Today on Blogcritics
Home » Film » Movie Review: Nowhere Boy

Movie Review: Nowhere Boy

Please Share...Print this pageTweet about this on Twitter0Share on Facebook0Share on Google+0Pin on Pinterest0Share on TumblrShare on StumbleUpon0Share on Reddit0Email this to someone

You may not have heard about this film yet; on the other hand you will recognize its iconic subject: John Lennon. This film was shown as part of Star-Telegram Modern Cinema 2010. Its U.S. release date is October 8, 2010.

Nowhere Boy is about a boy named John Lennon (Aaron Johnson), with working class roots in Britain, whose lackluster performance in high school belies his destiny as the future golden boy of rock. Director Sam Taylor-Woods’ film about 15-year-old John Lennon is a well-acted, handsome homage to the pop icon.

The 98-minute film about John’s real life reminds you that that a) life’s not fair because b) no one gets 100% good karma to settle. John is no exception. His strange mix of good luck and bad conduct in the school of hard knocks is often of his own making. John is the class clown whose trips to the office and suspensions from school begin to feel normal. His aunt (Kristin Scott Thomas) raises him well. Her straight-laced upbringing is juxtaposed with John’s time spent with his biological mother (Anne-Marie Duff), who happens to live down the lane. Mother plays the good uncle role: born to fulfill every whim of a wayward John Lennon (his birth name). This leads to fireworks between the two sisters who both love John in their own way.

A battle royal ensues between the sisters and John plays referee all the while stoking the flames. This leads to a showdown between the women.  Running parallel to these personal struggles is the flowering of John’s small legacy in music and song. The gift comes from his mother, whom he discovers only a few months before her early death. His mother is the reckless one in the family and her serenade and rendition of a pop song reveals to John she’s got hidden musical talent and an ear for music. Nowhere Boy overtly suggests that this is the source of John’s musical genius.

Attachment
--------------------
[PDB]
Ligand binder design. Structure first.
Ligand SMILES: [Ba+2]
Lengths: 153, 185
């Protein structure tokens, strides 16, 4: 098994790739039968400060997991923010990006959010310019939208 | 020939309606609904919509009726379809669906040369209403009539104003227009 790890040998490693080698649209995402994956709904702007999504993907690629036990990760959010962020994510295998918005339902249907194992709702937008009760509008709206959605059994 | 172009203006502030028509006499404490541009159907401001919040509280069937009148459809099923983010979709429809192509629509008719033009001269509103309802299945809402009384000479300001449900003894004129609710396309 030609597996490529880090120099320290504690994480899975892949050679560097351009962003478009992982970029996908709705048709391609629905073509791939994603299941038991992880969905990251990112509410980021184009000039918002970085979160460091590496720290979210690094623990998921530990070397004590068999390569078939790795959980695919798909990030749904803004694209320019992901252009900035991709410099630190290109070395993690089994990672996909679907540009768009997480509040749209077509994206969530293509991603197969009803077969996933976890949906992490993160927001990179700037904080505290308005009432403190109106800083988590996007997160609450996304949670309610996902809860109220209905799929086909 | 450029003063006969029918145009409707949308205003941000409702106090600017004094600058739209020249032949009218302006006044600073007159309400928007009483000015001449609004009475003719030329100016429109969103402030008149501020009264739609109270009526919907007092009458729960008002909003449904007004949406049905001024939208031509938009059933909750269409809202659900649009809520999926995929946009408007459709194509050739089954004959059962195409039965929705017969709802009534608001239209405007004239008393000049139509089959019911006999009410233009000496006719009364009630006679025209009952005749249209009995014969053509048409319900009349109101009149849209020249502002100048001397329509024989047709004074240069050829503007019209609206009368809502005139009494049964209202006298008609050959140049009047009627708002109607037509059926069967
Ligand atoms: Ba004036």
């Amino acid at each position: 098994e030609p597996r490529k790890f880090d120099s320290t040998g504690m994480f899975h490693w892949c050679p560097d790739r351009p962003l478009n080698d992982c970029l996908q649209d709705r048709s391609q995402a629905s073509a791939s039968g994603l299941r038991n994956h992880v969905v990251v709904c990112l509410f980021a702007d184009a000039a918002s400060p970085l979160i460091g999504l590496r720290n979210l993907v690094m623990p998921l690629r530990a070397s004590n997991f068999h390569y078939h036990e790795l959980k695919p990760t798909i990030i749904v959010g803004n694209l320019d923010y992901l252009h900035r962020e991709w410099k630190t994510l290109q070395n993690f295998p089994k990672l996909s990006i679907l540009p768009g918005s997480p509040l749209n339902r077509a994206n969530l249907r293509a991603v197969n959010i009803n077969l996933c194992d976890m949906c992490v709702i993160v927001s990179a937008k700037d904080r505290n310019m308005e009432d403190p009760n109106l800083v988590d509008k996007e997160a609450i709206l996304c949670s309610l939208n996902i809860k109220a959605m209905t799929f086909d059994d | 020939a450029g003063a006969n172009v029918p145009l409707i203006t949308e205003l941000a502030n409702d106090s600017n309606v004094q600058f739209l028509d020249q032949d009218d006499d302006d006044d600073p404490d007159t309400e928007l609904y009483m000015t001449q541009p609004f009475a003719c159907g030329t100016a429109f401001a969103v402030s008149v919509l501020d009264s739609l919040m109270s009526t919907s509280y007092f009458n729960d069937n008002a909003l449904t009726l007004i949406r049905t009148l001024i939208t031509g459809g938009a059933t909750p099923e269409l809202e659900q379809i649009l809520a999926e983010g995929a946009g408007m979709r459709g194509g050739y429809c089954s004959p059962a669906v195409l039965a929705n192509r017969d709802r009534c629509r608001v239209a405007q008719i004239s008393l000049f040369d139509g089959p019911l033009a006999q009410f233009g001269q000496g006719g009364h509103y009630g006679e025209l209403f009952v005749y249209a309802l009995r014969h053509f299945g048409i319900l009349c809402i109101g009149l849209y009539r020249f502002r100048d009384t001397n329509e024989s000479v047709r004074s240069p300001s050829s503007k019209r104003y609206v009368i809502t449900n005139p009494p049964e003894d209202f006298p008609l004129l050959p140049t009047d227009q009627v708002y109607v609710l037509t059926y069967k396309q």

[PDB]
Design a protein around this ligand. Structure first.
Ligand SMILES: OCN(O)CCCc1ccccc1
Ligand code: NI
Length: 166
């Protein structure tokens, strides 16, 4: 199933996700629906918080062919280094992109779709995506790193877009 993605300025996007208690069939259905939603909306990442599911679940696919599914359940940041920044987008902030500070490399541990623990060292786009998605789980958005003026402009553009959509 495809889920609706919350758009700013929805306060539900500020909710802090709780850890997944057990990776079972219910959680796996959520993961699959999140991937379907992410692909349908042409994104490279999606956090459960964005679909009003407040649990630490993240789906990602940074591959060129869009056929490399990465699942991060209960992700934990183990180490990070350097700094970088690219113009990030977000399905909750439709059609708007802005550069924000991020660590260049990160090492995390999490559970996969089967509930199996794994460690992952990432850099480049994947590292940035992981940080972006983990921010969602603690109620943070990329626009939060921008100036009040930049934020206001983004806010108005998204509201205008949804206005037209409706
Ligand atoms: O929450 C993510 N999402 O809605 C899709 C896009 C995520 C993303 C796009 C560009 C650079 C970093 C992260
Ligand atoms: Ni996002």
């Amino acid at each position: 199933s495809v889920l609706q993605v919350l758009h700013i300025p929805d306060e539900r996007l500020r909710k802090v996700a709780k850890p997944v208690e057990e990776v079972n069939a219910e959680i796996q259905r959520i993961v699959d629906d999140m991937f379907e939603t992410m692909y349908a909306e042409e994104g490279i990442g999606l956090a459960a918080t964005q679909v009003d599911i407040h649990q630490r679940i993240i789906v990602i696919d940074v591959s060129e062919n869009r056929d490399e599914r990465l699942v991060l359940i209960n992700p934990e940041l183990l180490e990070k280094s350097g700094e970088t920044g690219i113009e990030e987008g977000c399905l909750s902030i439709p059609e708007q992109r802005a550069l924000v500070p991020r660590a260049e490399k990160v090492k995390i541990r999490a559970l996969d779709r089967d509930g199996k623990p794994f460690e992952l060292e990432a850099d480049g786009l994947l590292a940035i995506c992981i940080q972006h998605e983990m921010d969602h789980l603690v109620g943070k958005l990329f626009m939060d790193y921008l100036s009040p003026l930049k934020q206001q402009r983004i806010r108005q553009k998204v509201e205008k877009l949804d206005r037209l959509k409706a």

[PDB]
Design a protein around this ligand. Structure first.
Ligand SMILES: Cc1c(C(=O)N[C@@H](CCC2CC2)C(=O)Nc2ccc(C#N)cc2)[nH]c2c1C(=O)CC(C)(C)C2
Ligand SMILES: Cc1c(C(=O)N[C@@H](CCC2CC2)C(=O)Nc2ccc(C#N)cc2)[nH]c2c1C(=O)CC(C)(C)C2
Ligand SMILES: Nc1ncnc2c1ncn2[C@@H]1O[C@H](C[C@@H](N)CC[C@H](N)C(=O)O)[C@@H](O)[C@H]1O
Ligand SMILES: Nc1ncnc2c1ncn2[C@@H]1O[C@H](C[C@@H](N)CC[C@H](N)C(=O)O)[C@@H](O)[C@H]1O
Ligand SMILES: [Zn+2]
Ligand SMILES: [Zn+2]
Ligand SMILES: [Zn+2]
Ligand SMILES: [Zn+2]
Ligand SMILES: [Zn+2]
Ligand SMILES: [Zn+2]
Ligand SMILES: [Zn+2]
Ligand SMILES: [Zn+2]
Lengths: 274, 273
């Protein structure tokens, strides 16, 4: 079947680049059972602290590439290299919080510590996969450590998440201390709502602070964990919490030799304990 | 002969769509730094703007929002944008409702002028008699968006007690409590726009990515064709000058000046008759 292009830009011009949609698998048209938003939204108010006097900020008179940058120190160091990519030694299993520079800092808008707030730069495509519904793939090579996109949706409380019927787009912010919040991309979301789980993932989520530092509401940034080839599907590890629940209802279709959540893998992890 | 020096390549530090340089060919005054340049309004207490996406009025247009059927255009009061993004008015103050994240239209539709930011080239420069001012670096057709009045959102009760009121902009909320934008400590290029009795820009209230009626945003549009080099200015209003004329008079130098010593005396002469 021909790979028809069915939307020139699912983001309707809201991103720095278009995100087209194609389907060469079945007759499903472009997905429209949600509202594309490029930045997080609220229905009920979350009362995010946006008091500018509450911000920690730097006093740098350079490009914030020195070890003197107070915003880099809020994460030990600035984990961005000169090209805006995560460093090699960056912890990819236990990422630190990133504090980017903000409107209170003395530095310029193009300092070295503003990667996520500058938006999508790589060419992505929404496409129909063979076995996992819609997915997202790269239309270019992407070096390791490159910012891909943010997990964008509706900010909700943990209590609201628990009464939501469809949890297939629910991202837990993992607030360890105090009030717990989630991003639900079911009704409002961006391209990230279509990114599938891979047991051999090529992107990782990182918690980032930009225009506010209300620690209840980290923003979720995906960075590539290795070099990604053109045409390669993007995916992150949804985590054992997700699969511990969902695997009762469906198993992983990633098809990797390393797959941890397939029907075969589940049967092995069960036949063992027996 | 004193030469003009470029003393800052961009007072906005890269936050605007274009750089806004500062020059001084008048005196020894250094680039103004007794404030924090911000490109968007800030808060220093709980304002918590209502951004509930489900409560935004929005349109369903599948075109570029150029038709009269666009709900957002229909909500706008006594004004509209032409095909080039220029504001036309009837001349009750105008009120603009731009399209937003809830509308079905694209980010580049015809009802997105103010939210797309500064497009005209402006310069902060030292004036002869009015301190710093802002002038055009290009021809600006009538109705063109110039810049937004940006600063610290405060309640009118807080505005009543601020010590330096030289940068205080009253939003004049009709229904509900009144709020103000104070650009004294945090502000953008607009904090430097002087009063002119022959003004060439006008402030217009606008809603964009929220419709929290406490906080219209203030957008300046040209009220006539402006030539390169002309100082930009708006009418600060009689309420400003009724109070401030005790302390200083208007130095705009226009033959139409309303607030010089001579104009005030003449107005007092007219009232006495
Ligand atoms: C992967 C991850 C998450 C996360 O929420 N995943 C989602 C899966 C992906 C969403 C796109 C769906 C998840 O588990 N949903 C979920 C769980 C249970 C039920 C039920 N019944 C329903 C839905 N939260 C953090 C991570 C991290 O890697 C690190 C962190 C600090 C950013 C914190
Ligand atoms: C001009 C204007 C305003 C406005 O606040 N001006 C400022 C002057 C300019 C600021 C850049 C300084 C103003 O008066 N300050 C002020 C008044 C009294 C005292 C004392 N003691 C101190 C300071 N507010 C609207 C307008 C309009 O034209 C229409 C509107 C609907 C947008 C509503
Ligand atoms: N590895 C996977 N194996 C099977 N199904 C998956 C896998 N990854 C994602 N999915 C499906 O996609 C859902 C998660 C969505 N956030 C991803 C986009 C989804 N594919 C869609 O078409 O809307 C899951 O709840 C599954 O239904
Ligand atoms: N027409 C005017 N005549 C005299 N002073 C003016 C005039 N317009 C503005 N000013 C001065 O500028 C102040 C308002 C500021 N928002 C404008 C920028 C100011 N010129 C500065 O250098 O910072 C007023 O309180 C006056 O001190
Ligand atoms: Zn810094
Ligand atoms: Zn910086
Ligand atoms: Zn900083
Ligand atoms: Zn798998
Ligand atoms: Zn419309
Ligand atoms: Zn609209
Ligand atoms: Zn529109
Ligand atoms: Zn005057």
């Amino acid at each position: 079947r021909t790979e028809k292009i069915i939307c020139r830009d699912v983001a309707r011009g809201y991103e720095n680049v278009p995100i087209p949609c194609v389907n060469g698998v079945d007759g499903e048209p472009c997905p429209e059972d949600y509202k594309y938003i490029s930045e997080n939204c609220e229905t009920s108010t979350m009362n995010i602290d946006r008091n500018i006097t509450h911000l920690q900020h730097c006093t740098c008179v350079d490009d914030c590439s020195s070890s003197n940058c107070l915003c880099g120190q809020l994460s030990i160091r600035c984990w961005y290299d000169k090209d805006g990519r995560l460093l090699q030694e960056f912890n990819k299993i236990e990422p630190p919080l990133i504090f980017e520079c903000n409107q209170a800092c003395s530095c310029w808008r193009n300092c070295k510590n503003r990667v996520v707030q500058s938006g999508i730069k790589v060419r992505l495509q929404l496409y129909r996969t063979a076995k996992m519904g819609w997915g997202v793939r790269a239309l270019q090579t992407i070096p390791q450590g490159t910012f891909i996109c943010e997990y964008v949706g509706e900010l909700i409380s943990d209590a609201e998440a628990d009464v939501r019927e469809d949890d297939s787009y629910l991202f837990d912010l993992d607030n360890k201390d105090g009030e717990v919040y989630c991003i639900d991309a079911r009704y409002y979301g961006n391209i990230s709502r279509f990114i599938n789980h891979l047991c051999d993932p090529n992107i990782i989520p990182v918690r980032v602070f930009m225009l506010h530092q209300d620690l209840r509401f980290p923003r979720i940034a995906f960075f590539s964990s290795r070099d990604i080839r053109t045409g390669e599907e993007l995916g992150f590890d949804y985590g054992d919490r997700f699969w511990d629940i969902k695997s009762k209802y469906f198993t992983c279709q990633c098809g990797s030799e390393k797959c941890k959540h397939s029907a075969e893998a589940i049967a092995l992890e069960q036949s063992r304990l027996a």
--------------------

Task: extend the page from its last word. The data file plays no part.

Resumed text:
He knows he now has an alternative to becoming a scholar. He can go the iconoclast rock star route a la Elvis Presley or Buddy Holly. In the film, he begins his life with a band using a real working class name: The Quarrymen.  While this is before the days of Ringo Starr’s debut with the group, it does give us a glimpse into John’s early relationship with band members Paul McCartney and George Harrison.

Baby-faced Paul can read and write music and so can George. This leads to jealously on John’s part. He resists incorporating them into his—emphasis on “his”—band. John is nobody’s fool and knows that this is the way to go—band members with musical training. These young guitars get gigs with their polished look and sound. With John’s newfound confidence Paul can play musical tutor to the soon-to-be famous founder of The Beatles, John Lennon. The beauty of Nowhere Boy is what we learn about the sad and ugly genesis of a teenager who fits in nowhere yet achieves global fame.

Limited release, running time:  98 minutes Rating:  PG-13 for drugs, sexual situations.

Powered by

About Heloise

%d bloggers like this: